Juni 2008

HISTORY: Ein unabhängiges Makedonien (1916)

Im folgenden Bericht für das französische Außenministerium beschreibt Rene Picard das Makedonien im Jahr 1916, drei Jahre nach der Teilung und der Vertreibung der Osmanen aus Europa. Er geht in die geographischen Grenzen des Landes ein und macht Angaben zu den Völkern, die in Makedonien leben. Insbesondere widmet er sich der Idee, dass ein autonomes, ein unabhängiges Makedonien für die „makedonischen Christen“ die einzig richtige Lösung ist.

Rene Picard:The Autonomy of Macedonia, July 20, 1916

The idea of Macedonian autonomy is familiar to all those who are acquainted with Balkan history and politics. If we asked the Christians of Macedonia they would answer that autonomy was the most desirable solution for them. There is and, in fact, there has always been a Macedonian spirit in Macedonia.

Geographically, Macedonia has its own unity. Its borders are the following: to the south – Mt Olympus, the mountains on the north bank of the River.. Bistrica, Lake Prespa and Lake Ohrid; to the west -the Drim from Debar; to the north-west and north -the Sar Mountains, the highlands north of Skopje, the defile of Kumanovo, the mountains that mark the Serbo-Bulgarian frontier of before 1912; to the east -the Rhodope Mountains. The borderline with Thrace on this side is not clear. The regions of Drama and Kavalla can either be adjoined to Macedonia or separated from it; the plain of Drama is populated mostly by Turks; the town of Kavalla, like all the ports, has a strong Greek colony. To the south, the Chalcidice Peninsula is geographically Macedonian, but ethnographically Greek; the line of lakes separates it by a natural border from the rest of Macedonia. Within these borders Macedonia has the natural basins of Skopje, Bitola, Veles, Serez, Drama and Salonika with the mountains that separate them and the narrow valleys that unite them.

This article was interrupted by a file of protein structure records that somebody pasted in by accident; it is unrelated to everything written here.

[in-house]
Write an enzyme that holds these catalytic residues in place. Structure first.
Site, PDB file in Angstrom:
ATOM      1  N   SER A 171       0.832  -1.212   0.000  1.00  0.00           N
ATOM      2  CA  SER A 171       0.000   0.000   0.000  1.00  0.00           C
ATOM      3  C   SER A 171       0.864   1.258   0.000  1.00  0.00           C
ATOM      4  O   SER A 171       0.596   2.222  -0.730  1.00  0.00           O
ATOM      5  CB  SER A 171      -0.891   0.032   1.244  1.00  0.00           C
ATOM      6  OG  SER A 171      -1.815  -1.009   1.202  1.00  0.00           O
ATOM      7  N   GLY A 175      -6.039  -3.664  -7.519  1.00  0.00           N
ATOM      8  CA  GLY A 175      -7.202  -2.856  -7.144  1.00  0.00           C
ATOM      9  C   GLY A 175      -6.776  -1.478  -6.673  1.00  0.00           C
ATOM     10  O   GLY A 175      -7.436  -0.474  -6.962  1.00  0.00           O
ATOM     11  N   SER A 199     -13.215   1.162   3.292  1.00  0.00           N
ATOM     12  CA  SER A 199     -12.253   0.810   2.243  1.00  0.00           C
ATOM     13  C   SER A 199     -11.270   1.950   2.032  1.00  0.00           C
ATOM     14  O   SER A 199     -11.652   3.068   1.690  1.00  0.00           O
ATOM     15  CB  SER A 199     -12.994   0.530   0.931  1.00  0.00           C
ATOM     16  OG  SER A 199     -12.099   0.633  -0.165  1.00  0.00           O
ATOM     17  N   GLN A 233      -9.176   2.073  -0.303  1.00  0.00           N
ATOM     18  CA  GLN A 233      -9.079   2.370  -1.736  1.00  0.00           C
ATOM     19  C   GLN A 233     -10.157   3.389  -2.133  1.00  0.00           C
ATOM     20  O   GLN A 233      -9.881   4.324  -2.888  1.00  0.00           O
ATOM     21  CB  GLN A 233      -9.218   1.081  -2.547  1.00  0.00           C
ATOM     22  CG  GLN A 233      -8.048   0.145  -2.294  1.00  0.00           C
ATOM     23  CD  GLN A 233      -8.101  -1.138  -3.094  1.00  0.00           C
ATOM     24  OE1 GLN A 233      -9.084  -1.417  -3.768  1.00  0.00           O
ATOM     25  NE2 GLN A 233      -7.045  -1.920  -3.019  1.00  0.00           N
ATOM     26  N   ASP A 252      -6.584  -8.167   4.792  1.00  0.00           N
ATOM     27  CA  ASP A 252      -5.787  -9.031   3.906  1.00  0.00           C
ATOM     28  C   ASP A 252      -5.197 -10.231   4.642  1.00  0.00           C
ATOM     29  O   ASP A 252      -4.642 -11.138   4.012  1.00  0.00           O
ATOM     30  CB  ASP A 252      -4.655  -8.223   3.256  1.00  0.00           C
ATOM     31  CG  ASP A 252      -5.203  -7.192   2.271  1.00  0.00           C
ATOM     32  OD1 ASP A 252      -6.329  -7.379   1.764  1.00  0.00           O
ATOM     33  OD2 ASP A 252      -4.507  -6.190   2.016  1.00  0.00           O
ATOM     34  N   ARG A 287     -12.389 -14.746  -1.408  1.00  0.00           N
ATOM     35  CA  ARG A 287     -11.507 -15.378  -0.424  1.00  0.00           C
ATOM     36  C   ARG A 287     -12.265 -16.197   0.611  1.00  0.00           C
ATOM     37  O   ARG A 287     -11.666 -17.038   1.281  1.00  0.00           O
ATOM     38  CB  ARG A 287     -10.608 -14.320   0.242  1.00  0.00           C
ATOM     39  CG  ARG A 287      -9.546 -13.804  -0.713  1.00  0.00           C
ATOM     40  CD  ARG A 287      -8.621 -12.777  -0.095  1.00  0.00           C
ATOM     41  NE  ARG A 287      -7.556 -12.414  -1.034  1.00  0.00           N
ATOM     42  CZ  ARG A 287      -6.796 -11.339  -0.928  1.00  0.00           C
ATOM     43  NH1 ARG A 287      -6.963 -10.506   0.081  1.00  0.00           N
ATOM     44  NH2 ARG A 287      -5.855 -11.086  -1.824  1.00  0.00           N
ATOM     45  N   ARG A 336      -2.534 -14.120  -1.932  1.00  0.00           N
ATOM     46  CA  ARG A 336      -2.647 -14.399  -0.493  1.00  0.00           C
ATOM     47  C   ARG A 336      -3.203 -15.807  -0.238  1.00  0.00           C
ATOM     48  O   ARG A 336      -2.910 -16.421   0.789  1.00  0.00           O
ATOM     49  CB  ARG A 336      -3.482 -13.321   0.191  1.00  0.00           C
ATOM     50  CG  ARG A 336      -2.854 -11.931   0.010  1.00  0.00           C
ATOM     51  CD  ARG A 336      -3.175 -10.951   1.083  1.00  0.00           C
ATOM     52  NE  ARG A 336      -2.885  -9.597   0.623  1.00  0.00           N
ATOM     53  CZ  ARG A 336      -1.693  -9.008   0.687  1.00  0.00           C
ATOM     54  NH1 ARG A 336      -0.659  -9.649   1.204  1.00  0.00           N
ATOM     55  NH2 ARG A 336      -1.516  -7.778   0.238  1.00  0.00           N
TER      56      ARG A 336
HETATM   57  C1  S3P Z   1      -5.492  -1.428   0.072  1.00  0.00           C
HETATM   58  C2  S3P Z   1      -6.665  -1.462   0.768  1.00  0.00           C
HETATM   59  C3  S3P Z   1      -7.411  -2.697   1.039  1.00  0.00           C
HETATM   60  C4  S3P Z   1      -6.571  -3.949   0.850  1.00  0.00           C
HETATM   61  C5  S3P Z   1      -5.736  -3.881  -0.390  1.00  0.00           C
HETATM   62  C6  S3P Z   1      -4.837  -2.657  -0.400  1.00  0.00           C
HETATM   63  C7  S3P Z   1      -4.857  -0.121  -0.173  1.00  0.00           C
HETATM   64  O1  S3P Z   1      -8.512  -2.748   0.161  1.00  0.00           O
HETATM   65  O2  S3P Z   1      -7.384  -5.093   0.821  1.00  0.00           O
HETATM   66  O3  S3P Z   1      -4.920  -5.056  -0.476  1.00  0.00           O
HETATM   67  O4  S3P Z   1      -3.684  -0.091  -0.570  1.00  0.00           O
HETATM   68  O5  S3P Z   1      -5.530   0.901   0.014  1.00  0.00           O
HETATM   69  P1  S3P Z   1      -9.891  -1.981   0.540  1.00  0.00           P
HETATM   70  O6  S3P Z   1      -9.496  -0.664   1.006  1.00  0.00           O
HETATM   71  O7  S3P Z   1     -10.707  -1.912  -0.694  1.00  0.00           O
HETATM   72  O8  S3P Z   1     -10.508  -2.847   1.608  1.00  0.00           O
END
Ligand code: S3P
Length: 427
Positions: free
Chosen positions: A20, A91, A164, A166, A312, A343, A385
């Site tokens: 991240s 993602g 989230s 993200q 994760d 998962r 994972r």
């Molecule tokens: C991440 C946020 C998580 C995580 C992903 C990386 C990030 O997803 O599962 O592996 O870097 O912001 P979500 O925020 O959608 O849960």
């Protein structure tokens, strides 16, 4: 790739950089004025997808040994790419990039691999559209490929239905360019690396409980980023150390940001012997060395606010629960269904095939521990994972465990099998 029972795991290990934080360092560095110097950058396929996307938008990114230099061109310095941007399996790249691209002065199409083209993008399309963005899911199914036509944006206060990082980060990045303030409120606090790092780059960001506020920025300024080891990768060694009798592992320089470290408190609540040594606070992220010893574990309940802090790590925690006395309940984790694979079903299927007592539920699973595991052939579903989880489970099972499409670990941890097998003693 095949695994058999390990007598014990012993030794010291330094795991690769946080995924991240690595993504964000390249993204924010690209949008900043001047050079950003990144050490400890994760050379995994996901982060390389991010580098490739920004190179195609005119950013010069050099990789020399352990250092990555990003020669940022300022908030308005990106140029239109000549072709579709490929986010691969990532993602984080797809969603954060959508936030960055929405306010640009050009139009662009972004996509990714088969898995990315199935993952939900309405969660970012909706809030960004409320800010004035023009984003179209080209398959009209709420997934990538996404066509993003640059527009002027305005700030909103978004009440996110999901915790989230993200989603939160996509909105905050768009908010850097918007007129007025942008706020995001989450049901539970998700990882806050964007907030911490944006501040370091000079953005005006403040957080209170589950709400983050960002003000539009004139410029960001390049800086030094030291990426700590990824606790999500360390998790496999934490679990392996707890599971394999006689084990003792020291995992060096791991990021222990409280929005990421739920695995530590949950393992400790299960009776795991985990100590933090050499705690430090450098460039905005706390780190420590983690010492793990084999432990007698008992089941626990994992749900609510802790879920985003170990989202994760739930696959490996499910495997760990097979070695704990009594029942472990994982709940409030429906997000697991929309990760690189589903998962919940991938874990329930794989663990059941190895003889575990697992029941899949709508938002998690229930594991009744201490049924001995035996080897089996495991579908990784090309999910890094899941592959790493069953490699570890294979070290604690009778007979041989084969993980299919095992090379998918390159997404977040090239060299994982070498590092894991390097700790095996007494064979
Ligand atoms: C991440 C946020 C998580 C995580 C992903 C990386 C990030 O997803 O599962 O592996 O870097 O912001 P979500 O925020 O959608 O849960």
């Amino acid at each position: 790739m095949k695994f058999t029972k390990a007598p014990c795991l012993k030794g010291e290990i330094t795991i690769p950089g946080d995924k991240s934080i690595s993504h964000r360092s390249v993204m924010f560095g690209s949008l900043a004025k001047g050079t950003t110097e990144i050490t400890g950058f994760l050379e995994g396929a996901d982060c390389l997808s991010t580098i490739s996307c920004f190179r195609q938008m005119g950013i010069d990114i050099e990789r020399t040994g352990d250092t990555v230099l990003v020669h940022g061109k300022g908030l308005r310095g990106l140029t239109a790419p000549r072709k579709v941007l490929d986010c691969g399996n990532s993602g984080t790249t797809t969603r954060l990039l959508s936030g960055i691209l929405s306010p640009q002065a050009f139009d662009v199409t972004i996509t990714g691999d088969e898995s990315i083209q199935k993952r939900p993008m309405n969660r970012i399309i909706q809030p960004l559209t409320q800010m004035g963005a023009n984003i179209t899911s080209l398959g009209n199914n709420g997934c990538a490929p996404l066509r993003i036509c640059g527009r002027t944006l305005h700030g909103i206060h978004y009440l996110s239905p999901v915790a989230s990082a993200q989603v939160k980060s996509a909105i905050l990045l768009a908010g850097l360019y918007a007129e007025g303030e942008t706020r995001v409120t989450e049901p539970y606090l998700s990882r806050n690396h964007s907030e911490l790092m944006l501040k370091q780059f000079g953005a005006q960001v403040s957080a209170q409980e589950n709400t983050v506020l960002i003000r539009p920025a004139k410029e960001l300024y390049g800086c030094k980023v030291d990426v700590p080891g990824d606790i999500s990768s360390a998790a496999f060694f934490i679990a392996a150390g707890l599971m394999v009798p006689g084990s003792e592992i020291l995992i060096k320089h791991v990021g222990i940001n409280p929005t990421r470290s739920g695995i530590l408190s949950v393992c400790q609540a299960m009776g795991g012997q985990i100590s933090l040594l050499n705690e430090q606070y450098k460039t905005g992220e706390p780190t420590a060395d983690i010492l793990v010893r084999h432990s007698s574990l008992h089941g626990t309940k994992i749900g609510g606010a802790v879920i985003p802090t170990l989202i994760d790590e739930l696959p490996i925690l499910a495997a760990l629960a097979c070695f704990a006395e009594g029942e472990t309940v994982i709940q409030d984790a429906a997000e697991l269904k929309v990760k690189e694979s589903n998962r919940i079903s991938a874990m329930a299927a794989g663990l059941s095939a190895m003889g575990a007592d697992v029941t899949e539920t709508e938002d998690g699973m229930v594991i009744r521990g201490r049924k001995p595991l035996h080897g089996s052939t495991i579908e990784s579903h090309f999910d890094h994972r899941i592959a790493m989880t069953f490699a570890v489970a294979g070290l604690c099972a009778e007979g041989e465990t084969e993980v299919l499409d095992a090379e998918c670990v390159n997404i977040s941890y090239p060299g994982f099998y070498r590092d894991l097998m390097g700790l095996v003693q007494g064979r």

The Christian population in the country side is Slav. It is known to be neither quite Bulgarian, although it is closer to the Bulgarians, nor quite Serbian. The Bulgarians themselves admit that the Macedonians differ from the other Bulgarians: they possess a more lively spirit, are more fond of politics and intrigue, more inclined to eloquence and the arts, also more cunning; in a word, they are a little Hellenized.

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